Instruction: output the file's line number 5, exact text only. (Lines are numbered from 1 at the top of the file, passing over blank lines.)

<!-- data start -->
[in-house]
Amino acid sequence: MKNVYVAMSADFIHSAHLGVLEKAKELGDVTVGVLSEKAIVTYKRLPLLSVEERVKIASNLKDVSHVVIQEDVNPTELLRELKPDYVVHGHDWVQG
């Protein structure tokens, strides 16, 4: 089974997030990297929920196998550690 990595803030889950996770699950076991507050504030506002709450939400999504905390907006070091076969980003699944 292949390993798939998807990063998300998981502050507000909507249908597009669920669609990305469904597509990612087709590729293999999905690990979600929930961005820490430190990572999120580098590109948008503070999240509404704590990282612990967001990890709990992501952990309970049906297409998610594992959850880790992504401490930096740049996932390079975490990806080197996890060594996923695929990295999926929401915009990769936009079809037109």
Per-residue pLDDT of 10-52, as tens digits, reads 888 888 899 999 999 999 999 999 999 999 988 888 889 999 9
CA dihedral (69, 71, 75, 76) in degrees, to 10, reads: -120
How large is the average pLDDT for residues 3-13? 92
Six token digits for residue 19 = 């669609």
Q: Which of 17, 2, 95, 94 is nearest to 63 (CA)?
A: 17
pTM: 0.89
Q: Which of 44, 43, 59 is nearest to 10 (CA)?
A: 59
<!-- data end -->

CA dihedral (69, 71, 75, 76) in degrees, to 10, reads: -120